13. alwayshungry says

    I’ve never been proud to be an american.
    Having been raised and having lived abroad for most of my life makes my relationship with my “americaness” complicated to say the least.
    I must admit that over the years I have even been embarrassed to say that I was a US citizen.
    And now this.
    How do I feel?
    I am proud of you.
    And so many others that are raising your voices even if they shake.
    I am impressed by my introvert cousin that finds the courage to go out and hold up a sign.
    I’m in awe when a friend of my dad’s tell his daughter that he will not erase the negative answers he gets on his facebook posts because he believes all sides must be heard.
    This horrible situation is really bringing the best out of so many.
    My new feelings have nothing to do with me, for I am far away and uninvolved.
    But I will convey them to others because over here we only get the really ugly stuff.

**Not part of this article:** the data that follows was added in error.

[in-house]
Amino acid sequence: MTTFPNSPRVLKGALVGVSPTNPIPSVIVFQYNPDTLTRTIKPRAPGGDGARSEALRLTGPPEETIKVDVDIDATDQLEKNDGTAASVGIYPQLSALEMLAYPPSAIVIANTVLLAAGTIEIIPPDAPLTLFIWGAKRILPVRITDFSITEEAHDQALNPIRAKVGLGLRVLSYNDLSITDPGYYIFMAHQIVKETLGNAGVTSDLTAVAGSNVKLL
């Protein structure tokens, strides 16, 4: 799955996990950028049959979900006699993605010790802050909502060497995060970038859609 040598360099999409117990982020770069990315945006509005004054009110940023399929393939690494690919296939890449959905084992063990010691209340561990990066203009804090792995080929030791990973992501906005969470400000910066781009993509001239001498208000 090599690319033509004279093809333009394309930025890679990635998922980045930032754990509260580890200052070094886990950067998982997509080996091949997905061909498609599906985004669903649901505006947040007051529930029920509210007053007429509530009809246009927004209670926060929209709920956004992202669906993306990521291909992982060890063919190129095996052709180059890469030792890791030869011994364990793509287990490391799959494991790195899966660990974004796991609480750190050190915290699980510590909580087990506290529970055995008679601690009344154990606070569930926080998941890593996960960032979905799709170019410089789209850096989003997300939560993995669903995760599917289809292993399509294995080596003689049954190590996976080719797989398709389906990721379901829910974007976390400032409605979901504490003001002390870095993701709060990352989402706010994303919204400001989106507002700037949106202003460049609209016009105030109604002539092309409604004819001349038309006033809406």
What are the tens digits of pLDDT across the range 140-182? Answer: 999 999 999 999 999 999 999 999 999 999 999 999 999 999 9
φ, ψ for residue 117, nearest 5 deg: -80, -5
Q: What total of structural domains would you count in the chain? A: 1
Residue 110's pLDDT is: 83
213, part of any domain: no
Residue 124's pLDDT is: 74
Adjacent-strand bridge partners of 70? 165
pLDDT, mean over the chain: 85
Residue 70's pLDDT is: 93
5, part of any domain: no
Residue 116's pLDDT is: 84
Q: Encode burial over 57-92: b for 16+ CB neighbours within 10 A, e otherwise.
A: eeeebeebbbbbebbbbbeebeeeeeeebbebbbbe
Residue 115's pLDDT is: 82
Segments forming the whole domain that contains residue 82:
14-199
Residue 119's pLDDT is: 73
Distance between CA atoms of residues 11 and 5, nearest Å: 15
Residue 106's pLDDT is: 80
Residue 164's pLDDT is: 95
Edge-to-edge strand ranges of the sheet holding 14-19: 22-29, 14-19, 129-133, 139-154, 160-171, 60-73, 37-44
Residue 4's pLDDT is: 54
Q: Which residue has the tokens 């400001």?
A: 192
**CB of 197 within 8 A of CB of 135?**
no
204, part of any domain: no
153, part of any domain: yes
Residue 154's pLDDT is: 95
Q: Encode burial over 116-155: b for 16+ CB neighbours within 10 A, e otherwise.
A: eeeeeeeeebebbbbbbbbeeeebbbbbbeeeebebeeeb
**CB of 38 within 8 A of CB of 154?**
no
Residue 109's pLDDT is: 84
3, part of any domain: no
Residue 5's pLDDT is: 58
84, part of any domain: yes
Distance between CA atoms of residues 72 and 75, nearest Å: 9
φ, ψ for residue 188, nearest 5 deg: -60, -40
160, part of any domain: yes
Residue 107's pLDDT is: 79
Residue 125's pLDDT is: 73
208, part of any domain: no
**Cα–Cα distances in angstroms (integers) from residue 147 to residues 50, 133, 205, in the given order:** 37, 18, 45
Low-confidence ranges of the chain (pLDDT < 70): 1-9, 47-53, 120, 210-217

You can tell your girls that word of their courage is being spread across the world.
    A quiet tide of change.
    Stand strong.

    On another note, my four year old son took a wary bite of dinner the other day and then said “what’s this called?-Hopping John-” he smiles” I like it!”
    Thank you as always for each and every post.

  14. marguerite says

    Way to go and be out there marching. Even way up here in northern Wisconsin, we took to the streets for all persons, especially the disabled young woman who spoke at our march and wanted to know how anyone could vote for a person who mocked a person with a disability.